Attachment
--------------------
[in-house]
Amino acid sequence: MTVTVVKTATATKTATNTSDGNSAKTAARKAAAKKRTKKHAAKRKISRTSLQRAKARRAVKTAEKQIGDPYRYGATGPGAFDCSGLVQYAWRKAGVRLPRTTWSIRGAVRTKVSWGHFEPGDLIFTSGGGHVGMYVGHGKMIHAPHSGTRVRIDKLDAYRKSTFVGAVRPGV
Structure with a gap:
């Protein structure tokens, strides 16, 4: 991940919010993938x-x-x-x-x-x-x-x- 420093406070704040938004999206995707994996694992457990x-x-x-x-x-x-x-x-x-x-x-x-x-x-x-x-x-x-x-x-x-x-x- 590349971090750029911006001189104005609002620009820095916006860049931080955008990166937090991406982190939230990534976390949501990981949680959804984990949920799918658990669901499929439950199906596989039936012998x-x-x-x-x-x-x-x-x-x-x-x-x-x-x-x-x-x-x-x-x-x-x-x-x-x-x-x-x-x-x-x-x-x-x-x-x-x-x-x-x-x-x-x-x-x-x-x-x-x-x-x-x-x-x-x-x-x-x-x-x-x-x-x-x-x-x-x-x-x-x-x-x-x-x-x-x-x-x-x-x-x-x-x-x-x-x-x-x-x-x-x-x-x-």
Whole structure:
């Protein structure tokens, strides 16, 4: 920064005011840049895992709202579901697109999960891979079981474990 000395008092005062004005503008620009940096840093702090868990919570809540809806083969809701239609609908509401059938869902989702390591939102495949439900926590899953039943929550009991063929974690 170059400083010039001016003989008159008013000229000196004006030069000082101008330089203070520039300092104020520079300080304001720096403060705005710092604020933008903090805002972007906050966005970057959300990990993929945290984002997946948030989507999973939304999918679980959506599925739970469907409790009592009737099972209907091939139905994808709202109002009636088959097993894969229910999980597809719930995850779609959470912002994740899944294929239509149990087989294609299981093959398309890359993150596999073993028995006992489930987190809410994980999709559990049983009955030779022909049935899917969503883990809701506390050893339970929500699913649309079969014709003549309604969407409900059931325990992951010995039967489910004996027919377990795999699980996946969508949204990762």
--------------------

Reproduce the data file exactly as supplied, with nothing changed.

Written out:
[in-house]
Amino acid sequence: MTVTVVKTATATKTATNTSDGNSAKTAARKAAAKKRTKKHAAKRKISRTSLQRAKARRAVKTAEKQIGDPYRYGATGPGAFDCSGLVQYAWRKAGVRLPRTTWSIRGAVRTKVSWGHFEPGDLIFTSGGGHVGMYVGHGKMIHAPHSGTRVRIDKLDAYRKSTFVGAVRPGV
Structure with a gap:
């Protein structure tokens, strides 16, 4: 991940919010993938x-x-x-x-x-x-x-x- 420093406070704040938004999206995707994996694992457990x-x-x-x-x-x-x-x-x-x-x-x-x-x-x-x-x-x-x-x-x-x-x- 590349971090750029911006001189104005609002620009820095916006860049931080955008990166937090991406982190939230990534976390949501990981949680959804984990949920799918658990669901499929439950199906596989039936012998x-x-x-x-x-x-x-x-x-x-x-x-x-x-x-x-x-x-x-x-x-x-x-x-x-x-x-x-x-x-x-x-x-x-x-x-x-x-x-x-x-x-x-x-x-x-x-x-x-x-x-x-x-x-x-x-x-x-x-x-x-x-x-x-x-x-x-x-x-x-x-x-x-x-x-x-x-x-x-x-x-x-x-x-x-x-x-x-x-x-x-x-x-x-």
Whole structure:
């Protein structure tokens, strides 16, 4: 920064005011840049895992709202579901697109999960891979079981474990 000395008092005062004005503008620009940096840093702090868990919570809540809806083969809701239609609908509401059938869902989702390591939102495949439900926590899953039943929550009991063929974690 170059400083010039001016003989008159008013000229000196004006030069000082101008330089203070520039300092104020520079300080304001720096403060705005710092604020933008903090805002972007906050966005970057959300990990993929945290984002997946948030989507999973939304999918679980959506599925739970469907409790009592009737099972209907091939139905994808709202109002009636088959097993894969229910999980597809719930995850779609959470912002994740899944294929239509149990087989294609299981093959398309890359993150596999073993028995006992489930987190809410994980999709559990049983009955030779022909049935899917969503883990809701506390050893339970929500699913649309079969014709003549309604969407409900059931325990992951010995039967489910004996027919377990795999699980996946969508949204990762």